So … what happens next?
Well, no one in Israel is quite sure.
“All of the questions that we are dealing with now are new questions for Israel,” said Suzie Navot, a professor of constitutional law at the Striks School of Law in Israel. “We’ve never been in this situation. It’s unprecedented.”
Here are some of the key questions now being asked about Netanyahu’s legal trajectory.
Can he stay on as prime minister?
Yes, according to Israel’s Basic Law — its equivalent of a constitution.
Israeli law requires the top leader to step down if convicted, but not simply when indicted. Israeli prime ministers have resigned of their own accord due to legal troubles: In 2008, Prime Minister Ehud Olmert resigned over corruption allegations before he was formally indicted (and later convicted). Netanyahu has instead opted to attack the investigation itself, branding it a “witch hunt” and “attempted coup” and calling to “investigate the investigators.”
However, given the unprecedented nature of Israel’s current political landscape, the Basic Law alone can’t fully answer this question. That’s because it’s also “a political one,” Navot said, and touches on “whether the members of the Knesset [Israel’s parliament] and especially members of the Likud party will [allow] Netanyahu as their next leader.”
So far, Netanyahu’s Likud party has pledged to stand by him, as The Washington Post’s Ruth Eglash reported. It’s supporting him despite the corruption charges and despite his inability to forge a governing coalition after the past two elections.
In votes held in April and again in September, right-wing blocs won the most votes, but Netanyahu’s friend-turned-rival Avigdor Liberman twice refused to sit in a Netanyahu-led government, making it impossible for the prime minister to secure the 61 seats needed to form a ruling coalition in Israel’s 120-member parliament.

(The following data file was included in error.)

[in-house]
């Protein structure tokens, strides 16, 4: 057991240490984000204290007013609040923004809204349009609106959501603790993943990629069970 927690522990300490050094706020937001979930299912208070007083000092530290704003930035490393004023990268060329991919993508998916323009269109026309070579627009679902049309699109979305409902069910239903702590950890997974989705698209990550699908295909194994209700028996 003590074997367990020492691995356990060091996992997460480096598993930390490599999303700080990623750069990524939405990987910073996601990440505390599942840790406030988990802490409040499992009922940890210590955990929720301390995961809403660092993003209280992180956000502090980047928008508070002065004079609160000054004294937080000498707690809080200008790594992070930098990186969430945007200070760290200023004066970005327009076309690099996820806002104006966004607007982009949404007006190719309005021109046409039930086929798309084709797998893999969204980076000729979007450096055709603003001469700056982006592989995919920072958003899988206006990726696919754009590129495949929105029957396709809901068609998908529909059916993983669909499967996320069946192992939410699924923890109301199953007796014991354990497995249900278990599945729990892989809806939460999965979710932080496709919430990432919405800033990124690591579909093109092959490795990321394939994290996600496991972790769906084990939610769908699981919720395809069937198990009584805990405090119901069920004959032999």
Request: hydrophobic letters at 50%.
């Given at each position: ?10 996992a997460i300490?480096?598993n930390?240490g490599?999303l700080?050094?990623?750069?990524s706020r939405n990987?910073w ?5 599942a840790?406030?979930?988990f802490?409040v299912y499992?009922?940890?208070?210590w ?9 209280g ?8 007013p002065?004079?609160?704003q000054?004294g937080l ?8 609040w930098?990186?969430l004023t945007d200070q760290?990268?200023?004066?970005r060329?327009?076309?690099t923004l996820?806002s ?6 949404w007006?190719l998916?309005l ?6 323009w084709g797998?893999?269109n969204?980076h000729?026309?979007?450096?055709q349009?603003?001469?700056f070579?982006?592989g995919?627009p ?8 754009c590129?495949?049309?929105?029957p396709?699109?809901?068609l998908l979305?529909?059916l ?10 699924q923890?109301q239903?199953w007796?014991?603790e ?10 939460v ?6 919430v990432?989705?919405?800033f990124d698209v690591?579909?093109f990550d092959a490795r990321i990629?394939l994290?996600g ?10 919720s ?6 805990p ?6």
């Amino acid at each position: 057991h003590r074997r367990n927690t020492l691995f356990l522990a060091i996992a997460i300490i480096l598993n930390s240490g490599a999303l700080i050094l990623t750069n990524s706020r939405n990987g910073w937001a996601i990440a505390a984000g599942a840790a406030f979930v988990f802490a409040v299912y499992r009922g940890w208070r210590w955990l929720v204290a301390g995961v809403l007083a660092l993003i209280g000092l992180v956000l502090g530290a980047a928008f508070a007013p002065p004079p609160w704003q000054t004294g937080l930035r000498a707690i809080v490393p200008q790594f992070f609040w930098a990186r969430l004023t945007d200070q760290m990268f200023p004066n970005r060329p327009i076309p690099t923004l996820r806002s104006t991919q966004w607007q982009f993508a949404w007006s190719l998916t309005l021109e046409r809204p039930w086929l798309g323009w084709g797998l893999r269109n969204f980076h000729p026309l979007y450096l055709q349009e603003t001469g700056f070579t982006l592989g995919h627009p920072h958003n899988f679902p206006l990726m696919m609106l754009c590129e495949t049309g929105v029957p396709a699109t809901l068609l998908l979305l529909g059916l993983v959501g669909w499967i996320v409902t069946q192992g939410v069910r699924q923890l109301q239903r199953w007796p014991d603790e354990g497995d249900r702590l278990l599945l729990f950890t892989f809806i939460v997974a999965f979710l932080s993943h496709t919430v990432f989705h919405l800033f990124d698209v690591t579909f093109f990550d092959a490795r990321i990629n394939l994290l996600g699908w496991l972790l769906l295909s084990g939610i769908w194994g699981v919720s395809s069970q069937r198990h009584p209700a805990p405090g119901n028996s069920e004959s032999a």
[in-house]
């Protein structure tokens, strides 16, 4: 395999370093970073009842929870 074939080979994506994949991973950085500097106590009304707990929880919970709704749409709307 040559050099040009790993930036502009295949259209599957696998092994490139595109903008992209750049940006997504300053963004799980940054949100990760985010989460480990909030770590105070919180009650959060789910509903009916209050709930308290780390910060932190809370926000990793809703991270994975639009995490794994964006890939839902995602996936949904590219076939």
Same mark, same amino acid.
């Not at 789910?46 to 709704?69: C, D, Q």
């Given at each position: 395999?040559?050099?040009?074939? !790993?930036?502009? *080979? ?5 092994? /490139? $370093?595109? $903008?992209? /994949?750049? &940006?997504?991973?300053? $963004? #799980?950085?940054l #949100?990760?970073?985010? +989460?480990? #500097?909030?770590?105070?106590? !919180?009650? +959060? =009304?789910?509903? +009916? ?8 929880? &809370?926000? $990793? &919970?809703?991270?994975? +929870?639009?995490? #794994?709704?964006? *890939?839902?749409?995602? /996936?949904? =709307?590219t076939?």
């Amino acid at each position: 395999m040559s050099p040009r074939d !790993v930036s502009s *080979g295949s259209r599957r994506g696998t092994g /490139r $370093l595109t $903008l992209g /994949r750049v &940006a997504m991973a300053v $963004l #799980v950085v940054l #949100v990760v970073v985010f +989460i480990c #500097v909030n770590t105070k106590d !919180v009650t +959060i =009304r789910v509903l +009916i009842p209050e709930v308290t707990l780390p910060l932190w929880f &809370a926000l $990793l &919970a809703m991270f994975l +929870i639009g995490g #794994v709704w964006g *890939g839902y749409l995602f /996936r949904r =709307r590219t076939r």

Netanyahu is eager to stay in power for a number of reasons, chief among them that he reportedly wants to pass a law shielding the prime minister from prosecution while in office. But since April, Netanyahu has headed a caretaker government, which sits in limbo and can’t pass any new laws.
How could he legally be forced out?
On the political level, Netanyahu could be ousted by a Likud primary if the party decided to reverse course and elect a new leader. On Saturday, Likud parliamentary member Gideon Saar, one of Netanyahu’s top rivals in the party, made the strongest bid yet. Saar called for early primaries and rejected the characterization of the indictments as “a coup.” As of now, however, the party formally remains behind Netanyahu.
On the legal level, Netanyahu’s opponents could petition Israel’s Supreme Court to disqualify him on two related questions: First, can he remain head of a caretaker government while under indictment? Second, if he was to secure a coalition (either through a last-minute deal or in a third election) would he be allowed to form and head a new government while under indictment?
Neither of these questions are explicitly answered in the Basic Law.
Already Thursday, the head of the center-left Labor Party, Amir Peretz, announced he was instructing the party’s lawyers to petition the Supreme Court to ask for Netanyahu’s removal because the prime minister’s legal troubles have become a barrier to solving the election standoff. Because neither Netanyahu nor his leading rival have been able to form a coalition since the most recent election in September, Israel’s parliament now has less than three weeks to try to form a ruling coalition before yet another general election is called.